Okay, I had two possible writing challenges here, and I really am not going anywhere with the "somethingpunk" challenge from Chuck Wendig (others are, so check it out). I'll see if I can get back to that later.
Meanwhile, I had this challenge from Scott Roche: write 250-750 words of fiction on corn, and enter a drawing to win an e-copy of Wendig's latest book, an intriguing dystopian YA bit of cornpunk (which brings us back to Wendig's challenge). This one worked out better, maybe because with the nice, low wordcount, I didn't get all wiggy about not having a plot (the other story has a -punk, i.e. a wonky source of power for the dystopia; it just doesn't have a story yet).
And here's the cool part: Scott needs a few more stories before he'll even do the drawing, so YOU can write something and enter too! By the way, Scott is the author of Ginnie Dare: Crimson Sands, which I reviewed way back sometime. Check it out.
Without further ado:
Death by Corn
It seemed innocuous at first, even sweet. A sick child who languished in an inner-city hospital longed for just one more taste of the sweet corn he’d once sampled at his Aunt Julia’s house in a little town somewhere. His family was poor. It was the only time he’d been outside the city, probably the only time he’d tasted corn, except in the form of high-fructose corn syrup.
And now it was too late. The aunt was dead, and, totally dependent on the machines at the hospital, the boy would never leave the city, never see another cornfield.
Somehow, an elderly couple from somewhere we might as well call Cornville learned of his story. They appeared at the hospital one afternoon, disheveled and terrified, having lost their car and their wallets, but clutching a half a dozen ears of sweet corn, “for that poor little boy.”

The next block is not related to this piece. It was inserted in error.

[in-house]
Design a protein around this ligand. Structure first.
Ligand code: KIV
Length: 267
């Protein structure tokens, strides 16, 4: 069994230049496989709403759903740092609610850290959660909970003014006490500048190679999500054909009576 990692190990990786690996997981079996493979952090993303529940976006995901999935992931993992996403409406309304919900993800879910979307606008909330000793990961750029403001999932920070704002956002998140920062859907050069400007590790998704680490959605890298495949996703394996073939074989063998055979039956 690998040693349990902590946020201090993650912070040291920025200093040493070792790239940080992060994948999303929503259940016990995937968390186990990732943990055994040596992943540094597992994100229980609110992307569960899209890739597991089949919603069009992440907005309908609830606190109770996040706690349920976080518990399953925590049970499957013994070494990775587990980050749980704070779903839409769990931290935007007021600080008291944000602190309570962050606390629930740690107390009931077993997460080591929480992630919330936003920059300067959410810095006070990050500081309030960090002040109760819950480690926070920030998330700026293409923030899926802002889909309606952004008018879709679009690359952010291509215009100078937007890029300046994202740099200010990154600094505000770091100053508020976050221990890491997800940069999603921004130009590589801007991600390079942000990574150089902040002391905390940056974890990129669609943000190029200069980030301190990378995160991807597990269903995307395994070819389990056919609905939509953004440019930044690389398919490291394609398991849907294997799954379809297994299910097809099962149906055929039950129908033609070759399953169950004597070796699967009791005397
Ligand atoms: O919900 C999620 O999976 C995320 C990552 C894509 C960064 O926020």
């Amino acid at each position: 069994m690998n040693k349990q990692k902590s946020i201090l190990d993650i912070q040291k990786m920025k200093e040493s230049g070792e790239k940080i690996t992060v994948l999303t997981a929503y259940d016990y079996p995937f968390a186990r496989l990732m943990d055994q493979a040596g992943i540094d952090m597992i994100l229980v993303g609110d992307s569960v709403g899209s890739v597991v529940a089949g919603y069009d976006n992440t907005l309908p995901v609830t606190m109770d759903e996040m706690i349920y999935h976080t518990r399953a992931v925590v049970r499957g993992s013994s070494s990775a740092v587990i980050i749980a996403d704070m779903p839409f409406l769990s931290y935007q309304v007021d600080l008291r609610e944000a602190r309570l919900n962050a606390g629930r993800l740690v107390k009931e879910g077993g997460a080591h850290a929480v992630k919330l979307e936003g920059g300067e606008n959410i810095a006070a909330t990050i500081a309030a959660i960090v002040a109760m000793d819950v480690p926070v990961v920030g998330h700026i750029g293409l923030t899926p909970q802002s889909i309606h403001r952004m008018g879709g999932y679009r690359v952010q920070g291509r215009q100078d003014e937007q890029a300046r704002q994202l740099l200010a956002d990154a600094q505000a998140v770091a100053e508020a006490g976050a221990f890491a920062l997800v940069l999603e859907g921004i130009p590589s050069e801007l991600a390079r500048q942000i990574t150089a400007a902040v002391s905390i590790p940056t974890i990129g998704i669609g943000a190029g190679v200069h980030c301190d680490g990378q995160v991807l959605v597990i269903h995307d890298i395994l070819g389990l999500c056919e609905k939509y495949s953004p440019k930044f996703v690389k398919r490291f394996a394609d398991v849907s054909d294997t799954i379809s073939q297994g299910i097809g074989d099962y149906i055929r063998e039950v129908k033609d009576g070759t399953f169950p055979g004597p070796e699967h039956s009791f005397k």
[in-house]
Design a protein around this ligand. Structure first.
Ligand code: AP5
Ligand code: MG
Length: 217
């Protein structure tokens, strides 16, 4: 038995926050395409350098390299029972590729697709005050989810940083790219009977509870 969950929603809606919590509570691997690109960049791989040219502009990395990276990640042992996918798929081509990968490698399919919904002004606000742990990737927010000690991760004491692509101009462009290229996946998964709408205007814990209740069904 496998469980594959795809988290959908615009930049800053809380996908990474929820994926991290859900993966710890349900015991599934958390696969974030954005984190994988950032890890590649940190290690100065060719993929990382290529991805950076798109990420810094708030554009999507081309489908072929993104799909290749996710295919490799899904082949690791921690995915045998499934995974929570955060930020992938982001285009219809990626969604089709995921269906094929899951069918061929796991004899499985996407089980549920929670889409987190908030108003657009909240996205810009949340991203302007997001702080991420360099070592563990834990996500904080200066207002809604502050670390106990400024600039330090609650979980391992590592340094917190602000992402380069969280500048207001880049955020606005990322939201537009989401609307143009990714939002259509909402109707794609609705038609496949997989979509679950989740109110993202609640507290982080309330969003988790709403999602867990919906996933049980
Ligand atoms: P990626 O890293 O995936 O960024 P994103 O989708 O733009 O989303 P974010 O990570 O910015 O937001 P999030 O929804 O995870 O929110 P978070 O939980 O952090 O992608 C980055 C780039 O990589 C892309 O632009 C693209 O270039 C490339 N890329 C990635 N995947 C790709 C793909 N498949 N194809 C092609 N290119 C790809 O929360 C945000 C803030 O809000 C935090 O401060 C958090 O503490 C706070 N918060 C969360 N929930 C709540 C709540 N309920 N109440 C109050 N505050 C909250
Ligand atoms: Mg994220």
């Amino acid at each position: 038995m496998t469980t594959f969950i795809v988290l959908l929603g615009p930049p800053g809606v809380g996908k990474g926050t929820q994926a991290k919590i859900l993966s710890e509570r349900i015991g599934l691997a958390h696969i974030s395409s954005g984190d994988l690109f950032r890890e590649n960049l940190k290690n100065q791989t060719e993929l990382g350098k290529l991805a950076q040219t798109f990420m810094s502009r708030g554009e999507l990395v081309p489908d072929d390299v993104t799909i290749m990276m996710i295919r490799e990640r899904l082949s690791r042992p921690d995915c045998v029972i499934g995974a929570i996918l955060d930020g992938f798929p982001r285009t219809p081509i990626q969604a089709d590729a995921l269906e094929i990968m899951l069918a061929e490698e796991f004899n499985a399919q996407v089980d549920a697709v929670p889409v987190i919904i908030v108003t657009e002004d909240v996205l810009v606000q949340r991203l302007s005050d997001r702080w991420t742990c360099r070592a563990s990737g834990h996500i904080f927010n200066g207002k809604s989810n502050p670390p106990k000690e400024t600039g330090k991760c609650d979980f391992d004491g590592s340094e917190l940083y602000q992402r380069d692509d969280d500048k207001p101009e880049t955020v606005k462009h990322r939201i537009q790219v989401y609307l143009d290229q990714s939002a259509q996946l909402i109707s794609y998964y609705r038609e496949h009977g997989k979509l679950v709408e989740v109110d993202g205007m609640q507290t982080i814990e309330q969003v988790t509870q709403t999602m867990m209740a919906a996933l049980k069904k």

A reporter picked up the story and ran it as a fluff piece, a bit of heart-warming filler for the morning paper. Within days the hospital was overwhelmed with fresh corn. The story had been picked up by the AP, and once on the Internet had morphed into a belief that if a million ears of corn could be collected, the boy would live. It didn’t have to make sense. It was the Internet.
Corn poured in from every corner of the planet, or at least every corner that could be forced to grow anything remotely resembling an ear of sweet corn. Pleas from the hospital administrators, and insistence by the boy’s doctor that not only would corn not save the child, but that he couldn’t even eat it, had no effect. Determined to make the nearly effortless gesture that could contribute to the salvation of one poor child and so save their own souls, people continued to send their corn.
Unfortunately, the hospital (which, thanks to a series of escalating bribes, had never faced a single building inspection) collapsed when the postman—who certainly wasn’t going to take responsibility for failing to deliver a package—added the 839,898th and 839,899th ears of corn to the pile on the second floor. The boy died in the rubble.